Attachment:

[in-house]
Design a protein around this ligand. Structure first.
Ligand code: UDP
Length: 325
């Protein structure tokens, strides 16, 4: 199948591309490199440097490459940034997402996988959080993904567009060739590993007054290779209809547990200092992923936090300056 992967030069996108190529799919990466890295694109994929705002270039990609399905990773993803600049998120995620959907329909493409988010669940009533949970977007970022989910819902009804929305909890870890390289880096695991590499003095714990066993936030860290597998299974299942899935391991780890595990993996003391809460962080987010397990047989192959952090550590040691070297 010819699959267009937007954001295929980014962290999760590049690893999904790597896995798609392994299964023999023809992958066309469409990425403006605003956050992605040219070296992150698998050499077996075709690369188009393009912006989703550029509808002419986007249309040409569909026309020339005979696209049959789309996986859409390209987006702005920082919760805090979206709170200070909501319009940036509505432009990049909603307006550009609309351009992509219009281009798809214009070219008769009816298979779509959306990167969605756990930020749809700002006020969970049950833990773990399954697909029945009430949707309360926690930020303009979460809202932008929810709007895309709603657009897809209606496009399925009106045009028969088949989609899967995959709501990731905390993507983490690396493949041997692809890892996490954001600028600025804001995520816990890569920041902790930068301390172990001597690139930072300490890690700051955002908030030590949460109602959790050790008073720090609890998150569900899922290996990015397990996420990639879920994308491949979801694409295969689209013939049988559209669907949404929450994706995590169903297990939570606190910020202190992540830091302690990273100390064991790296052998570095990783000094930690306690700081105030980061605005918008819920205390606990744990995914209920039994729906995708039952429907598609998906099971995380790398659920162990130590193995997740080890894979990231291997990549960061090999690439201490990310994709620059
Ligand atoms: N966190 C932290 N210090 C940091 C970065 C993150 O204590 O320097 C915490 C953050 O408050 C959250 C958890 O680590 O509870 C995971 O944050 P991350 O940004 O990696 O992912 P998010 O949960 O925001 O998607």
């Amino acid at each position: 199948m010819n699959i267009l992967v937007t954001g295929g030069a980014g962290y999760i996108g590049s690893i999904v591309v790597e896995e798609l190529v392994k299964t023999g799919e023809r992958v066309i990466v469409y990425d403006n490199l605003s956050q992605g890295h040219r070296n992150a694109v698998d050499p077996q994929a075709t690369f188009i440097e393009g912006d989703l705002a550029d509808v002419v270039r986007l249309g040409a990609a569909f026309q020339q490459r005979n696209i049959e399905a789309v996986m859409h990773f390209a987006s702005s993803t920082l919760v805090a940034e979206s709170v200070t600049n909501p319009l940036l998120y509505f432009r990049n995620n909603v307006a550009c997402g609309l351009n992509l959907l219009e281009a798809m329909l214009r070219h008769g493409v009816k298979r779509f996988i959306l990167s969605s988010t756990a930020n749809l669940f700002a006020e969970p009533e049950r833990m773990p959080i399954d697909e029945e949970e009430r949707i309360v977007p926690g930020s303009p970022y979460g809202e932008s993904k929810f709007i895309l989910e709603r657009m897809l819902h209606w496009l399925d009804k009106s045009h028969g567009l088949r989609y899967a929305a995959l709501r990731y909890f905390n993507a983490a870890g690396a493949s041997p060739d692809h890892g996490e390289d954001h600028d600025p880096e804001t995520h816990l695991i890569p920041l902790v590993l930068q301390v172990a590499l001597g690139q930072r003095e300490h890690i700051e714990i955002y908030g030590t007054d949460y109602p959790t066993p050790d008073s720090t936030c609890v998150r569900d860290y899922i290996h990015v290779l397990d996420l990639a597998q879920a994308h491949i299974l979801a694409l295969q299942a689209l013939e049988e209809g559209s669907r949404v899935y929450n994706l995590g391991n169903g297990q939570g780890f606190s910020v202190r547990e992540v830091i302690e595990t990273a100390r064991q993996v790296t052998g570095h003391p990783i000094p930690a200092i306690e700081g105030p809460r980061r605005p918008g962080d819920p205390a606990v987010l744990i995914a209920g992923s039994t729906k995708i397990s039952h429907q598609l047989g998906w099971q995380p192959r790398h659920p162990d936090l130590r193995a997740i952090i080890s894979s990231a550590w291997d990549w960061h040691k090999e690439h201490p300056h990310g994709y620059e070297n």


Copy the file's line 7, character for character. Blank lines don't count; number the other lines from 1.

């Amino acid at each position: 199948m010819n699959i267009l992967v937007t954001g295929g030069a980014g962290y999760i996108g590049s690893i999904v591309v790597e896995e798609l190529v392994k299964t023999g799919e023809r992958v066309i990466v469409y990425d403006n490199l605003s956050q992605g890295h040219r070296n992150a694109v698998d050499p077996q994929a075709t690369f188009i440097e393009g912006d989703l705002a550029d509808v002419v270039r986007l249309g040409a990609a569909f026309q020339q490459r005979n696209i049959e399905a789309v996986m859409h990773f390209a987006s702005s993803t920082l919760v805090a940034e979206s709170v200070t600049n909501p319009l940036l998120y509505f432009r990049n995620n909603v307006a550009c997402g609309l351009n992509l959907l219009e281009a798809m329909l214009r070219h008769g493409v009816k298979r779509f996988i959306l990167s969605s988010t756990a930020n749809l669940f700002a006020e969970p009533e049950r833990m773990p959080i399954d697909e029945e949970e009430r949707i309360v977007p926690g930020s303009p970022y979460g809202e932008s993904k929810f709007i895309l989910e709603r657009m897809l819902h209606w496009l399925d009804k009106s045009h028969g567009l088949r989609y899967a929305a995959l709501r990731y909890f905390n993507a983490a870890g690396a493949s041997p060739d692809h890892g996490e390289d954001h600028d600025p880096e804001t995520h816990l695991i890569p920041l902790v590993l930068q301390v172990a590499l001597g690139q930072r003095e300490h890690i700051e714990i955002y908030g030590t007054d949460y109602p959790t066993p050790d008073s720090t936030c609890v998150r569900d860290y899922i290996h990015v290779l397990d996420l990639a597998q879920a994308h491949i299974l979801a694409l295969q299942a689209l013939e049988e209809g559209s669907r949404v899935y929450n994706l995590g391991n169903g297990q939570g780890f606190s910020v202190r547990e992540v830091i302690e595990t990273a100390r064991q993996v790296t052998g570095h003391p990783i000094p930690a200092i306690e700081g105030p809460r980061r605005p918008g962080d819920p205390a606990v987010l744990i995914a209920g992923s039994t729906k995708i397990s039952h429907q598609l047989g998906w099971q995380p192959r790398h659920p162990d936090l130590r193995a997740i952090i080890s894979s990231a550590w291997d990549w960061h040691k090999e690439h201490p300056h990310g994709y620059e070297n």